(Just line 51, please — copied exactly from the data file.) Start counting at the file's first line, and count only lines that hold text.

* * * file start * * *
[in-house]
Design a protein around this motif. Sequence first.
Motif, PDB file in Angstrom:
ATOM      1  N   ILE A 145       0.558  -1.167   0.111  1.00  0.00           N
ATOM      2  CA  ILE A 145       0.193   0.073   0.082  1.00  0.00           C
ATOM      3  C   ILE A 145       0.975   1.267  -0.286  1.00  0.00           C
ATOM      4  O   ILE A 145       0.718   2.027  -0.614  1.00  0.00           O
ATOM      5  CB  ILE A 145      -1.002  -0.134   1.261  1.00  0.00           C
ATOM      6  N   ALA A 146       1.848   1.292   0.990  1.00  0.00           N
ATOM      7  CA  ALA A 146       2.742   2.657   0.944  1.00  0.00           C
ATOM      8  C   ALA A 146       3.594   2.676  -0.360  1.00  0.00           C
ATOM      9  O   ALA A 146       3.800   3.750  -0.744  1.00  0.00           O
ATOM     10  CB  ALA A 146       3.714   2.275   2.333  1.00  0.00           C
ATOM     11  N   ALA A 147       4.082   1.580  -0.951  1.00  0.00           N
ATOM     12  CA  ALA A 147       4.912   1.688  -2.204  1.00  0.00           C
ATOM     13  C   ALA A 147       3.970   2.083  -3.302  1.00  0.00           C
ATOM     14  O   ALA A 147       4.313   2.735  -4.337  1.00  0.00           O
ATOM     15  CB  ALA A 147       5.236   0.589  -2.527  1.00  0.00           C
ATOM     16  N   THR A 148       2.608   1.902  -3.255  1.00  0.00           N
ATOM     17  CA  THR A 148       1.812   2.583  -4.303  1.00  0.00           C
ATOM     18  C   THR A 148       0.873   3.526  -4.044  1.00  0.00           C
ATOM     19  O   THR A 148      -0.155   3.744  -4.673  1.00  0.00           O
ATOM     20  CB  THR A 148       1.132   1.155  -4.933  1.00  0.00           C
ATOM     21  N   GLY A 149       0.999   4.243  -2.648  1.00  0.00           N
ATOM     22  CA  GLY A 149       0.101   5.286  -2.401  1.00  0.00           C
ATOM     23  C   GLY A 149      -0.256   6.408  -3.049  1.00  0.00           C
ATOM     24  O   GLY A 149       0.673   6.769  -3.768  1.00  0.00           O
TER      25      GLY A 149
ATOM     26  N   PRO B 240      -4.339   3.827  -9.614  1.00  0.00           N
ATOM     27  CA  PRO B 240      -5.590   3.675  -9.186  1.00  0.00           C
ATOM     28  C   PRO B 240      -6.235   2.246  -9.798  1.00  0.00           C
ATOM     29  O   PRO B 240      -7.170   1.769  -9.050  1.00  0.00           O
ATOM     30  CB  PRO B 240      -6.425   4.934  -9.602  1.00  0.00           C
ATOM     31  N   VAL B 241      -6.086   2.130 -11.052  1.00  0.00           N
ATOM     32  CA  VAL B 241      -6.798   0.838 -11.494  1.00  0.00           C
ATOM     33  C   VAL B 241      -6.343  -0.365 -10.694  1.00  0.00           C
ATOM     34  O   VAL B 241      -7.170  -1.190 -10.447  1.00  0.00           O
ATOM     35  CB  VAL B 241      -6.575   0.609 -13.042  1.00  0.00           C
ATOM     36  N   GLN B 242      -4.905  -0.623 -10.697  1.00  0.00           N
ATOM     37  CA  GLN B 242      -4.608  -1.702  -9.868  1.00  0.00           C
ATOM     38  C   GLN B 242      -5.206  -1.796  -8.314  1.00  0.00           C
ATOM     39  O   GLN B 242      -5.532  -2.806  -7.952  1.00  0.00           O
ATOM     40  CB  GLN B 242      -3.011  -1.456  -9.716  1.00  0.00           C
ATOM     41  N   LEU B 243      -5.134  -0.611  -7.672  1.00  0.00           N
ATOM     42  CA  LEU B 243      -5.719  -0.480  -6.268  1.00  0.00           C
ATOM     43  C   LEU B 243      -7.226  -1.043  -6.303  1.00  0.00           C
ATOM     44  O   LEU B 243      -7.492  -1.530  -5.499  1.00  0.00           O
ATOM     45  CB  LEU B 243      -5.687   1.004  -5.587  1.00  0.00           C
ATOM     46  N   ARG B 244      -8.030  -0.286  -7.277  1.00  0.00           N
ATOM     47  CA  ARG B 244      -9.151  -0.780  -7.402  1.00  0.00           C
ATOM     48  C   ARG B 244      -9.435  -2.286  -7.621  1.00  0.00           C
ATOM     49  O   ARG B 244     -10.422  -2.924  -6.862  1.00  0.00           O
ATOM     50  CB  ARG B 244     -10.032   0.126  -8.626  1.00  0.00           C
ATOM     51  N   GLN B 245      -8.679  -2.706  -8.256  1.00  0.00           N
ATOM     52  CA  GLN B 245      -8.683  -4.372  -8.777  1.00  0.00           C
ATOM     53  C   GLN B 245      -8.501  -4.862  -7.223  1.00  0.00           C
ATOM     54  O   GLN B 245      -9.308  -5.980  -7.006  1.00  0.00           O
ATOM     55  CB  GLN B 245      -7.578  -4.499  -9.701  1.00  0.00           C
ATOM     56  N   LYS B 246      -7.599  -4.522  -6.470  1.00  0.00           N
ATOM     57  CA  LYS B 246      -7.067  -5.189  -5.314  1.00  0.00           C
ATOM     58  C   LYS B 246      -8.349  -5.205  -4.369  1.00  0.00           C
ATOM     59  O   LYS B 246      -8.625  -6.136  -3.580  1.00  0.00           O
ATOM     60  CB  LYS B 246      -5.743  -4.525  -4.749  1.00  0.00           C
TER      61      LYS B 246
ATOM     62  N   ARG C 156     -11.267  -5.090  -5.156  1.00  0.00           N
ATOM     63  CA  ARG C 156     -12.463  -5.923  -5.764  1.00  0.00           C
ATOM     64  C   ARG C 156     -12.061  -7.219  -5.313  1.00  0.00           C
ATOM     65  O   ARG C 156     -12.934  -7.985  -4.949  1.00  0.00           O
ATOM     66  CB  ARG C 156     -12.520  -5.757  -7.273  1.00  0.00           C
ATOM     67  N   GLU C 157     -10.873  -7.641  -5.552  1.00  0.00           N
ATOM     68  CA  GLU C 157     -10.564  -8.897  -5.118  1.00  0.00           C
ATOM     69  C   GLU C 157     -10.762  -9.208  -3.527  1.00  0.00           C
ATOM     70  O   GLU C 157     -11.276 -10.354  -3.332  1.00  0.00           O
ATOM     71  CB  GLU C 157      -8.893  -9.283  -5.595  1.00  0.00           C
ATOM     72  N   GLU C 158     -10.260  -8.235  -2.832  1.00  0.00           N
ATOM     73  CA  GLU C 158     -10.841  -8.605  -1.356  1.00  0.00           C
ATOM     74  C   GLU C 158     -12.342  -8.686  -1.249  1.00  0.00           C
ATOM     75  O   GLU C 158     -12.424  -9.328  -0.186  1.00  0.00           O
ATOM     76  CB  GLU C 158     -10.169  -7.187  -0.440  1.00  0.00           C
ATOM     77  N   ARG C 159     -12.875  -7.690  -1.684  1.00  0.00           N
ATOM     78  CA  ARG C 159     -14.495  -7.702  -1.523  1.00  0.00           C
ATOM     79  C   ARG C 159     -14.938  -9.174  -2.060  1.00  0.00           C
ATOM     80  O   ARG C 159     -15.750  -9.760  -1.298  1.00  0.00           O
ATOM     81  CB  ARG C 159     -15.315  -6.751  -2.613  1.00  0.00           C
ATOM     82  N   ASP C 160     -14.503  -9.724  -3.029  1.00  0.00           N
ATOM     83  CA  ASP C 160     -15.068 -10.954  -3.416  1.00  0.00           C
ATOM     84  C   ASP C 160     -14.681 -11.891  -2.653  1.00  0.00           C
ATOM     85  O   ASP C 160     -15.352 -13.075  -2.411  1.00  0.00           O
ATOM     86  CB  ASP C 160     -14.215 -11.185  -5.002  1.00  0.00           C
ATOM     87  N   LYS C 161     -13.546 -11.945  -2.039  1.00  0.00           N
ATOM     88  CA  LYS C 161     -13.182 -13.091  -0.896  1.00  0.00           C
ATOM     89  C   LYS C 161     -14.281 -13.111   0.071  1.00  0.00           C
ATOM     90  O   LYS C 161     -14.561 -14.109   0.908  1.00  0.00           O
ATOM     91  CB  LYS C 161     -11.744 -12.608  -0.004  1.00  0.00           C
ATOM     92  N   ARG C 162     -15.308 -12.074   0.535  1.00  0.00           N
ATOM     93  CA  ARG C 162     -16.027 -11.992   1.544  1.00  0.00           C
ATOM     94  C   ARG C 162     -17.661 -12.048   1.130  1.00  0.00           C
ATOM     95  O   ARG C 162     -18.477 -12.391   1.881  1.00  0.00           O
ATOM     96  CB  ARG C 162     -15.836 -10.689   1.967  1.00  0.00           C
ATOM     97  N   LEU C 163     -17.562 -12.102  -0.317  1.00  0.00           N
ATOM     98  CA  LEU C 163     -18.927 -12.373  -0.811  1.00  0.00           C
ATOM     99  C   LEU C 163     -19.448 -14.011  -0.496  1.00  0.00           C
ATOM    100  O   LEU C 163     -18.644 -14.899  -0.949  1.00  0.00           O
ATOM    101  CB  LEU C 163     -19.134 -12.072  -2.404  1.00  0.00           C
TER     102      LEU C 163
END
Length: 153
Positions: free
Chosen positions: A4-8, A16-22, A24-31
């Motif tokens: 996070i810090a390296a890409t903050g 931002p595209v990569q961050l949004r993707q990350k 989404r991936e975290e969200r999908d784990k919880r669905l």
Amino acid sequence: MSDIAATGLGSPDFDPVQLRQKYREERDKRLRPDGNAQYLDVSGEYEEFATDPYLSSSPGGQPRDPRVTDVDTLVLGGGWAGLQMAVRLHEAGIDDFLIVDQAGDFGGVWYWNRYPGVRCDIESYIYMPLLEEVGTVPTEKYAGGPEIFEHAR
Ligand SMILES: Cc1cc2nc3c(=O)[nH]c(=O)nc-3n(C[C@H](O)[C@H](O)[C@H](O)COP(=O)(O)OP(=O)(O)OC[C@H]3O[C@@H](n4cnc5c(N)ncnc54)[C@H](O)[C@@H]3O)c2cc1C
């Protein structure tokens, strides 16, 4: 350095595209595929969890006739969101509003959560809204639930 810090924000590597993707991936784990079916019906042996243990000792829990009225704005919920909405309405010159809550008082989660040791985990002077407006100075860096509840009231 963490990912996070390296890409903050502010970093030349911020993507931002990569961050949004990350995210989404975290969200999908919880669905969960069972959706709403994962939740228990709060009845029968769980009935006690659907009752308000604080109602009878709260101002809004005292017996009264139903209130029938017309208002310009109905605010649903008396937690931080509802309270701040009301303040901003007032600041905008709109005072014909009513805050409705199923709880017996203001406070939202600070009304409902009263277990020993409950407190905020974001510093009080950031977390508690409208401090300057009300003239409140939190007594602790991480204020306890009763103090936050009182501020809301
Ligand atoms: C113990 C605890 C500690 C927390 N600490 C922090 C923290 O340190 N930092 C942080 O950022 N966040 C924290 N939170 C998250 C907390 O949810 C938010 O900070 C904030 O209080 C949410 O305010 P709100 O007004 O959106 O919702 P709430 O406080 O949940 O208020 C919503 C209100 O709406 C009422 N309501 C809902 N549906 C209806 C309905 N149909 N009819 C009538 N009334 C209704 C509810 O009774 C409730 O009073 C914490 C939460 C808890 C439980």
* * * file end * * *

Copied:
ATOM     48  C   ARG B 244      -9.435  -2.286  -7.621  1.00  0.00           C